The Star-Spangled Banner
The Star-Spangled Banner has been a treasured American icon ever since Francis Scott Key celebrated the sight of an American flag still flying over Fort McHenry during the War of 1812.This stamp commemorates the 200th anniversary of the Star-Spangled Banner with a photograph of the flag that flies over Fort McHenry National Monument and Historic Shrine in Baltimore. This flag is a replica of the one that inspired Key to write “The Star-Spangled Banner” after Fort McHenry withstood the British attack of September 13-14, 1814.Photographer Gary Clark took the picture of the flag against a backdrop of fireworks during an annual celebration of Defenders’ Day. Defenders’ Day, according to the National Park Service, is “Baltimore’s oldest holiday commemorating the bombardment of Fort McHenry and the writing of “The Star-Spangled Banner.” Clark said it was a challenge to get the fireworks and the flag in the same shot and that “the wind picked up quite a bit that night.”Art director Phil Jordan designed the stamp.
C. Alfred “Chief” Anderson
The stamp, the 15th in the Distinguished Americans series, is based on a photograph of Anderson in the 1942 yearbook of the Tuskegee Institute’s flight training school in Tuskegee, Alabama. The artist added headgear used by pilots in World War II. The stamp art was created with a combination of acrylic paint, watercolor, and oil.
When Anderson secured his pilot’s license in 1932, he was the only African American in the country qualified to serve as a flight instructor or to fly commercially. He then began breaking flight records and inspiring other blacks to become pilots. During World War II, Anderson served as the chief flight instructor of a flying school at Tuskegee Institute. To the Tuskegee Airmen who learned their piloting skills from Anderson, he was affectionately known as “Chief.” During the war, the Tuskegee Airmen flew thousands of sorties in the European theater, destroyed more than a hundred German aircraft, and received scores of Distinguished Flying Crosses.
Illustrator Sterling Hundley created an original painting for the stamp, which was designed by art director Phil Jordan.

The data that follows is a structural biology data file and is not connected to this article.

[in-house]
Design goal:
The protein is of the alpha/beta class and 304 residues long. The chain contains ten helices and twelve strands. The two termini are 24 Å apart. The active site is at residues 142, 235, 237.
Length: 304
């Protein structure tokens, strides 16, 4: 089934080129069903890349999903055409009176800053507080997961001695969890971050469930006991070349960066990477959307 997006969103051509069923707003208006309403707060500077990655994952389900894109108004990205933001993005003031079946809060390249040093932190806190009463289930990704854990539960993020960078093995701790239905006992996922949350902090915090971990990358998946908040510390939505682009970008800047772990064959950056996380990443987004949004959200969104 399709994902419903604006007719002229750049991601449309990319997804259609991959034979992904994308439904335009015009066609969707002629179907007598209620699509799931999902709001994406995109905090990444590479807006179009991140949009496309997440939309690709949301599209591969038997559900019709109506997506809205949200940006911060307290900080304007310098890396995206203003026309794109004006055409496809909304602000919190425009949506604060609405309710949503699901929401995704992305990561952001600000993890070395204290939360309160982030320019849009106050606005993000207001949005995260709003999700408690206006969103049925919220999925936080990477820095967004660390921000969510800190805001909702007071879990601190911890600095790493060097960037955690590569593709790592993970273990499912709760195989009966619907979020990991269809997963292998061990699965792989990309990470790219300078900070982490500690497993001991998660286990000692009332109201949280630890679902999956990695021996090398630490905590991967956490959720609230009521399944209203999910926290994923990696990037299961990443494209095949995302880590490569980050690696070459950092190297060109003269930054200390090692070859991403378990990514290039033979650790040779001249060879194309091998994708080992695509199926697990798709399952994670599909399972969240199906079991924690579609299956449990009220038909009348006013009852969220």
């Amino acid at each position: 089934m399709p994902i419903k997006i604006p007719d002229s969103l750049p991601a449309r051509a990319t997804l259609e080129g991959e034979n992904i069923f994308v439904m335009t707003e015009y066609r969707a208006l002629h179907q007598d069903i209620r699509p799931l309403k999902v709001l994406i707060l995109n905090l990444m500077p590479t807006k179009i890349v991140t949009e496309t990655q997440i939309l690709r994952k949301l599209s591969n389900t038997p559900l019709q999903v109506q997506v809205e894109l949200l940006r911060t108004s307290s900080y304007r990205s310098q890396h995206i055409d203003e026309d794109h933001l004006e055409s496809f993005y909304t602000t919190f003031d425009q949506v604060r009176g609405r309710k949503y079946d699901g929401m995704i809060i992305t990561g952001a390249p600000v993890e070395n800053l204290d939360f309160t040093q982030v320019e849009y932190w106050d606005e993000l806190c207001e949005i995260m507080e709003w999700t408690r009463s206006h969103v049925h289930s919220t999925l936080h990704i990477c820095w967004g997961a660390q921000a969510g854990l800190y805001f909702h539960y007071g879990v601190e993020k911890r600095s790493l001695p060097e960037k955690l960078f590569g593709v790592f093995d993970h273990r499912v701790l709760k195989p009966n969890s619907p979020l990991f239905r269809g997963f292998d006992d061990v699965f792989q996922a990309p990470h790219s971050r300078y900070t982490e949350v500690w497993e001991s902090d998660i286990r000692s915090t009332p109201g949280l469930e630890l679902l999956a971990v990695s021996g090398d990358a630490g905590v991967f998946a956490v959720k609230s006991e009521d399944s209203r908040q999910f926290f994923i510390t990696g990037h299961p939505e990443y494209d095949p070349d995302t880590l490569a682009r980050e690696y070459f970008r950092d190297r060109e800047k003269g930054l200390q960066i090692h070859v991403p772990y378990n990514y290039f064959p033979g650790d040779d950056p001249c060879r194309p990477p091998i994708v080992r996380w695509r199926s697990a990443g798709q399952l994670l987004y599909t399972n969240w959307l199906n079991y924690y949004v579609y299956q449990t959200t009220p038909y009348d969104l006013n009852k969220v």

The 70-cent C. Alfred “Chief” Anderson stamp was designed for First-Class Mail® two-ounce rate and is being issued in self-adhesive sheets of 20.
New Lincoln Postage Stamp
On the anniversary of Abraham Lincoln\’s birth Wednesday, the U.S. Postal Service issued a new stamp paying homage to the Sixteenth President. A new, black-and-white, 21 cent stamp is available at post offices nationwide. It features a close-up photograph of the Lincoln Memorial statue, in Washington D.C.
A new postcard stamp by the USPS celebrates the beauty and grace of the hummingbird.The stamp art is a tinted, highly stylized, digital depiction of a hummingbird hovering near a plant.Hummingbirds, known for their agility, brilliant colors, and long bills, are among the smallest birds in the world, ranging in size from about two to eight inches long. Some weigh less than a penny. Special wing anatomy enables hummingbirds to fly forward, backward, and upside down, as well as to hover in one spot. The “humming” sound they produce is made by their rapid wing movements – the wings of some species beat up to 80 times per second!The Hummingbird stamp features the art of illustrator Nancy Stahl. Carl T. Herrman was the art director.
Great Spangled Fritillary
The great spangled fritillary butterfly graces the fourth butterfly stamp by the U.S.P.S. for use on large greeting card envelopes. The stamp art was created on a computer, using images of preserved butterflies as a starting point. The result is a highly stylized, simplified image of a great spangled fritillary rather than an exact replica.The great spangled fritillary (Speyeria cybele) is named for the silvery spots found on the undersides of its wings. A large butterfly with a wingspan of 2.25 to 4 inches, it is found in all northern states and ranges as far south as northern Georgia in the east and central California in the west. Nationally known artist Tom Engeman worked with art director Derry Noyes on this design.The square format of the stamp was developed in partnership with the greeting card industry to indicate that this stamp may be used for square envelopes.
The U.S. Postal Service celebrates the blooms that brighten the dark days of winter today with the issuance of the Winter Flowers Forever stamps. Pictured clockwise from upper left, the four plants — amaryllis, cyclamen, Christmas cactus and paper white — bring a hint of spring indoors during the coldest months of the year.Available in booklets of 20, the Forever stamps were issued during the American Philatelic Society Ameri Stamp Expo 2014 at the Statehouse Convention Center.